by
on August 23, 2017 on 8/23/17 from , ,

Shodo Island

There is no doubt that due to my life as a boy scout, I have taken a certain liking to adventures that includes outdoor activities such as hiking, backpacking, and camping. As Japan is known for such activities, this is one of the main reasons that have always attracted me to it. In this particular outing, my Dutch friend was looking for a buddy to camp in a private beach with a group in Shodo Shima, one of Japan’s islands. The idea seemed quite intriguing and I decided to join him. Furthermore, another point that interested me was the fact that this camping was an event designed to get Japanese and foreigners to come together and socialize. As such, I saw it as a great opportunity to practice my language skills and get to meet people from different backgrounds and age groups.

When we got to the meeting location in the train station in Kobe, I met part of the group. Among them, I met a Japanese named Fumika. To my surprise, Fumika knew Spanish as well as English. As I had never met a Japanese who spoke Spanish, we instantaneously cliched and got talking as to why I had come to Japan and how she knew Spanish. It was then that she told me that she had recently returned home from Mexico, where she lived, and had resided in other Spanish-speaking countries such as Nicaragua. We conversed all the way from the ferry ride to Shodo Shima till later that night.

In the Island

As we got to the island, there was a resident waiting to take our bags in a mini truck. We started hiking to the beach but were picked up by the mini truck about halfway through the hike. I had the pleasure of meeting a Japanese family, comprising of a Japanese girl of about 10 years old and her parents. I got to talking with them and explained how the island reminded me of Puerto Rico. It was then that they taught me the word Natsukashii, which means nostalgic.

Already in the island and settled in, the first thing we did was swim in the beach. The water was quite cold but refreshing at the same time. We played some games in the water until it was starting to get dark. For dinner, we had Spaghetti and a Japanese resident explained to me why people always say Itadakimasu before a meal. Such notion is based on humility and the moral principle that if someone offers you life substance such as food, you are grateful and will repay the person afterwards.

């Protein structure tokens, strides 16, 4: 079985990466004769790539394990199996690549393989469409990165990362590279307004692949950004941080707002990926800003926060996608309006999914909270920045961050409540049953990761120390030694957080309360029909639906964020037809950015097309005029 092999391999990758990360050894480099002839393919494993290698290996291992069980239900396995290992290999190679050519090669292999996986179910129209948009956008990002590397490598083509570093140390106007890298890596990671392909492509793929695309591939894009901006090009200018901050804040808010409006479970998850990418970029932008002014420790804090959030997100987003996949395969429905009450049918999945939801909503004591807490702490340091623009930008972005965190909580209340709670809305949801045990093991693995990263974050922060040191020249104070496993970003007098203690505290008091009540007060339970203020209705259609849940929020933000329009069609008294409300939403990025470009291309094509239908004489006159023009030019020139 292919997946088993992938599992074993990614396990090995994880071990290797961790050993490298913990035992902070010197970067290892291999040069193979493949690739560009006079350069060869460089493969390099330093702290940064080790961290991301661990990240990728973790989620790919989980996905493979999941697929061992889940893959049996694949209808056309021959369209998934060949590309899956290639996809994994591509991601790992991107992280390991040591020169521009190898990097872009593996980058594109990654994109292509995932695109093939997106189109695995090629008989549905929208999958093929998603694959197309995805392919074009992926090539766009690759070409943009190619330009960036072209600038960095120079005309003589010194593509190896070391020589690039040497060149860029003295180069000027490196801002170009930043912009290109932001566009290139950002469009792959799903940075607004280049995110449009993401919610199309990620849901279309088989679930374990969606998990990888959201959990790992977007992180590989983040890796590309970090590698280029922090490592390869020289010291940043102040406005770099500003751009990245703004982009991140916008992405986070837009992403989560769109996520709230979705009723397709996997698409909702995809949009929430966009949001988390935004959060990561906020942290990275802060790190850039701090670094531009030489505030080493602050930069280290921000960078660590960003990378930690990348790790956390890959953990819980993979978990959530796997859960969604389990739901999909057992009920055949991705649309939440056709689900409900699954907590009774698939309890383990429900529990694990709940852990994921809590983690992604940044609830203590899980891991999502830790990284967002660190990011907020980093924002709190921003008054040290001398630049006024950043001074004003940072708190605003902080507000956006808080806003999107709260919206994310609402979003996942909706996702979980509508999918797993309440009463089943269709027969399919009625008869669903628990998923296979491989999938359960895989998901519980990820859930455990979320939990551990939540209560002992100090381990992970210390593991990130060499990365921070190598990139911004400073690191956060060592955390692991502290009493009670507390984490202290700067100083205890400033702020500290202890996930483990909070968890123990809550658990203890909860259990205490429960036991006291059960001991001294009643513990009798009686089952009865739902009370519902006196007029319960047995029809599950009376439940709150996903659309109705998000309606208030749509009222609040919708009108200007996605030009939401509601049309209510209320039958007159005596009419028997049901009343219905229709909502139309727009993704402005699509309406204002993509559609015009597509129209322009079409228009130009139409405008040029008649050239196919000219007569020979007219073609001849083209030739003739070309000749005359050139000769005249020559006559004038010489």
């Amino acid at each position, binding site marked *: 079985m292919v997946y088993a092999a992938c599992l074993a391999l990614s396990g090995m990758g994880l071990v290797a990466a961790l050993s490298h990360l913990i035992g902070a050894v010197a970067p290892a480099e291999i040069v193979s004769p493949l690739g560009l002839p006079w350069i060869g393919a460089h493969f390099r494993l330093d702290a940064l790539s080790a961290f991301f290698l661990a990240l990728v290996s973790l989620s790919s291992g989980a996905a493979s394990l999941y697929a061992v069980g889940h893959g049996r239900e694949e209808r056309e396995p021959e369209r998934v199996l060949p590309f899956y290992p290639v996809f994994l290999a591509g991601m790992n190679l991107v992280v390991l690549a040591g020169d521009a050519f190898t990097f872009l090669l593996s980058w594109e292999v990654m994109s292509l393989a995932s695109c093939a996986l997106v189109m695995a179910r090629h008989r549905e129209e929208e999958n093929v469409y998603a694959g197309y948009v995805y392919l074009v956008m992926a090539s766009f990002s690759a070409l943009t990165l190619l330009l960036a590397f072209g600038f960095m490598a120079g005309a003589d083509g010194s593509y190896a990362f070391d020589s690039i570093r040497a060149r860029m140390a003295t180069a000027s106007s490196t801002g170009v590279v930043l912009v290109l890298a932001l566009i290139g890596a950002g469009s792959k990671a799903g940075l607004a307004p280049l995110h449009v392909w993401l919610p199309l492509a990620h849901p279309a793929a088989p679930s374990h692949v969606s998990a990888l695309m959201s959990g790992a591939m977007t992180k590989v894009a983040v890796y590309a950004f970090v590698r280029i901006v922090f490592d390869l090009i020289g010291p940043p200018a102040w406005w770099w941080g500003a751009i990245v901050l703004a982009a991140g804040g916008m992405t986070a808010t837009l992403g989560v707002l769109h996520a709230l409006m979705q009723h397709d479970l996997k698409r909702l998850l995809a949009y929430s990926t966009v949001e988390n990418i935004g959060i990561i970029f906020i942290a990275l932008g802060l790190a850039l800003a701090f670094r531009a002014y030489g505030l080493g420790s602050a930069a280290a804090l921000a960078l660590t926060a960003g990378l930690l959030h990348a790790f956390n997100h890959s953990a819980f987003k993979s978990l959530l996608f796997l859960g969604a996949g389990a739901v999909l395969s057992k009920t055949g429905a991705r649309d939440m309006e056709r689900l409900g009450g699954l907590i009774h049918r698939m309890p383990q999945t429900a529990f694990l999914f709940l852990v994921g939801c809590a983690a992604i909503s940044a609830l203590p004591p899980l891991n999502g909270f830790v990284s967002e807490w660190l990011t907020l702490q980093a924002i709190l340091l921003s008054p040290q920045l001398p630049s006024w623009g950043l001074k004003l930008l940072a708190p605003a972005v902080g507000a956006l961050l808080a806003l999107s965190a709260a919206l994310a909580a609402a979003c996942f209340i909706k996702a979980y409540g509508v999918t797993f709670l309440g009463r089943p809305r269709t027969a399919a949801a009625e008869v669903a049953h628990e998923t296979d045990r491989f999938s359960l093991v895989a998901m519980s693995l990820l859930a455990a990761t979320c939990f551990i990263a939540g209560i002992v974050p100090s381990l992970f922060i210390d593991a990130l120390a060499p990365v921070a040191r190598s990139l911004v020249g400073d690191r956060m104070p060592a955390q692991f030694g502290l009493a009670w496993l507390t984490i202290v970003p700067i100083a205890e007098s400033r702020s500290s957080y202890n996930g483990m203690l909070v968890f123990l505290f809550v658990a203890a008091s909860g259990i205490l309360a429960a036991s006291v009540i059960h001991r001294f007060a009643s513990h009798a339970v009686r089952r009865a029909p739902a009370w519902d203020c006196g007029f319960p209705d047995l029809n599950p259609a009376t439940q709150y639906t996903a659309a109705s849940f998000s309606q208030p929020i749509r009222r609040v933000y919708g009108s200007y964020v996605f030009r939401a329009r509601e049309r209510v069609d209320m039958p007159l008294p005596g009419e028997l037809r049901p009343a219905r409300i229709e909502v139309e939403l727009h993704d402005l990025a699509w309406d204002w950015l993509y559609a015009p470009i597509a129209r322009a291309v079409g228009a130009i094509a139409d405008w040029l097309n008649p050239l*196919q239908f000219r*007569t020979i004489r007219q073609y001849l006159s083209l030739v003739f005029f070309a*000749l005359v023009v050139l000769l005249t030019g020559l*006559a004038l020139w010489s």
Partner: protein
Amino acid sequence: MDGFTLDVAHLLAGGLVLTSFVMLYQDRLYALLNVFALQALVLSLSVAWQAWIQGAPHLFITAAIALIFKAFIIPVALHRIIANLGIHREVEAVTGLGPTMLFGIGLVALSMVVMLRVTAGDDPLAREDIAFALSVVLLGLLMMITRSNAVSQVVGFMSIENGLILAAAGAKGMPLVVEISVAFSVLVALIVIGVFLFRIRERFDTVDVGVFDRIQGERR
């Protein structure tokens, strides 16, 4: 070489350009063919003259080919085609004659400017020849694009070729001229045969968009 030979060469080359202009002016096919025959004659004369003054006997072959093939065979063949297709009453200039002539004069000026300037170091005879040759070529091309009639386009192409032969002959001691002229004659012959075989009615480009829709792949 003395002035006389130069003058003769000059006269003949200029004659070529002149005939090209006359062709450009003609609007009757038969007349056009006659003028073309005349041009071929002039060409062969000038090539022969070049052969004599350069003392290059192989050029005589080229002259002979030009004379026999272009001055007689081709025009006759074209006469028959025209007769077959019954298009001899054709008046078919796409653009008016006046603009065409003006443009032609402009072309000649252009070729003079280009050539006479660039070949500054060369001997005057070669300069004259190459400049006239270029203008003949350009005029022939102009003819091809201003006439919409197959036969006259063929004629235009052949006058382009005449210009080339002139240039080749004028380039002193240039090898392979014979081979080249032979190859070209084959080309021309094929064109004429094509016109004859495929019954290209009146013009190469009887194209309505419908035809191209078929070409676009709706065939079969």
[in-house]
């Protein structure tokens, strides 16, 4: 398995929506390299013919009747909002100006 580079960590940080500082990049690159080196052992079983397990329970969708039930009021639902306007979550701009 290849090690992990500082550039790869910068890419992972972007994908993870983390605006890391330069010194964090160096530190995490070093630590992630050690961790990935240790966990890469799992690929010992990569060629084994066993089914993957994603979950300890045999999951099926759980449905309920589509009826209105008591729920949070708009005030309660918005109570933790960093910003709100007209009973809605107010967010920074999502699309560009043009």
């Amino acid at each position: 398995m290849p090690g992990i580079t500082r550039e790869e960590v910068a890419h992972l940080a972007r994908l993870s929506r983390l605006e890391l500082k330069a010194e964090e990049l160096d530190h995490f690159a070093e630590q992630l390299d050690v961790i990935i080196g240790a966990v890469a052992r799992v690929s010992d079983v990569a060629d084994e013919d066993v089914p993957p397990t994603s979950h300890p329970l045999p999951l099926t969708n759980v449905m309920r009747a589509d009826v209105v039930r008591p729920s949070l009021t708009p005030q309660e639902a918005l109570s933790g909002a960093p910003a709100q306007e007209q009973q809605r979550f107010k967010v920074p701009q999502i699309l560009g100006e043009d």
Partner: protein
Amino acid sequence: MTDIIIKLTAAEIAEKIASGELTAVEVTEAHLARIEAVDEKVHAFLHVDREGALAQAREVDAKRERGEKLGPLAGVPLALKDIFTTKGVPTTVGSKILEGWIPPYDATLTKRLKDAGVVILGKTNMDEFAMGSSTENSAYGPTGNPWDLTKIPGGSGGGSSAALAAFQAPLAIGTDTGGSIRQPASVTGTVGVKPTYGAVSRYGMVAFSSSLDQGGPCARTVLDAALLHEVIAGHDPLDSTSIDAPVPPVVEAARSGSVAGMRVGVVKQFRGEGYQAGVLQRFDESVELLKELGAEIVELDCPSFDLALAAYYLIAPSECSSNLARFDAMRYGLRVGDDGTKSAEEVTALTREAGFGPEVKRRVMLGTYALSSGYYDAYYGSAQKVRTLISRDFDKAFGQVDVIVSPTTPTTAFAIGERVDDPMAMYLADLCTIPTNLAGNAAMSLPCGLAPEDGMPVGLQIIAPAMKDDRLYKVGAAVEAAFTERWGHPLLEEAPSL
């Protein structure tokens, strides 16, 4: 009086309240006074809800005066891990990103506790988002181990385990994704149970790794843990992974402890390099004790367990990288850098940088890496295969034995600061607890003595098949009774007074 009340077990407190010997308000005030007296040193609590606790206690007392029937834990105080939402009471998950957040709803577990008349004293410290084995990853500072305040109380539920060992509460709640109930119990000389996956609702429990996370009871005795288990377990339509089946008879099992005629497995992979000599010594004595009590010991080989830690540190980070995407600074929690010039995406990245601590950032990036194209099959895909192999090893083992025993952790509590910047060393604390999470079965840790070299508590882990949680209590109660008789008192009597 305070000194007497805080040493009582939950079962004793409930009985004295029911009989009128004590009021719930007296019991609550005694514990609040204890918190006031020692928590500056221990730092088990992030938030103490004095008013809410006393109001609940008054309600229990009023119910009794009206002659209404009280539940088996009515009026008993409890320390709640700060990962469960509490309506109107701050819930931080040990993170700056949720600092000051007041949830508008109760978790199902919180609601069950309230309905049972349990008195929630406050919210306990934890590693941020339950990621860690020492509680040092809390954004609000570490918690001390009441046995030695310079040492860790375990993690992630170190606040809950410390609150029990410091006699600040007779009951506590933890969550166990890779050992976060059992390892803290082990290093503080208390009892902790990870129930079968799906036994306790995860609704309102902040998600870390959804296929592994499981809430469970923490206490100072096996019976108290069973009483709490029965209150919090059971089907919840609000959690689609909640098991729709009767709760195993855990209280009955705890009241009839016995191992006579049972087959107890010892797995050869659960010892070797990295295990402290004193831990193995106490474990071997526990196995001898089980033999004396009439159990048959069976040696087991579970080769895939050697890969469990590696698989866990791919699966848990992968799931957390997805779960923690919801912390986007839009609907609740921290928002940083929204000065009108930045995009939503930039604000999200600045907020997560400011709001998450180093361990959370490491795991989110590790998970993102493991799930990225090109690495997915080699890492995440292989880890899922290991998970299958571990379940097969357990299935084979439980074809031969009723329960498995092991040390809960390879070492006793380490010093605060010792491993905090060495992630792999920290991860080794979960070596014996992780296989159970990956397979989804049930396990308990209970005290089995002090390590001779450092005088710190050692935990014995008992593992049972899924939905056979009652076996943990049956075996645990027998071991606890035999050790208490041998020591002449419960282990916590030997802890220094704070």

Furthermore, what was peculiar about this islander was that he gave off a mysterious but positive aura and seemed rather wise. I couldn’t help but think of him as that wise village leader from feudal Japan that is always indoctrinating Japanese into becoming the best Samurai, by first changing their inner self. What further validated my thinking was the fact that later that night, as he asked me what my future goals were, he pointed to the top of a mountain and told me that I could attain anything I proposed myself in life just like I could have hiked that mountain if I proposed myself to do it. His remarks were indeed full of hope and made me ponder about my future career aspirations and my intentions in learning Japanese.

Afterwards, we made a bonfire and continued conversing by getting to know about each other more. A Japanese named Senka recognized Puerto Ricans by having the most beautiful women as we had won various Miss Universe pageants. An Australian also served as the DJ as he brought speakers and played music throughout the night.

However, as my Dutch friend and I had to attend classes later on, we could only stay one night. The next day, we were able to Kayak on the beach and explore the island more. We ended up in another section as we saw a house but it looked abandoned. There was also a small island to which we could have gone with our kayaks but it was too far away and we ended up going back. Afterwards, the group coordinator was ready to take us back and we said our goodbyes. This experience was indeed memorable as it was the first time I was able to meet people that were different from my age group and ranged from backgrounds as well as nationalities.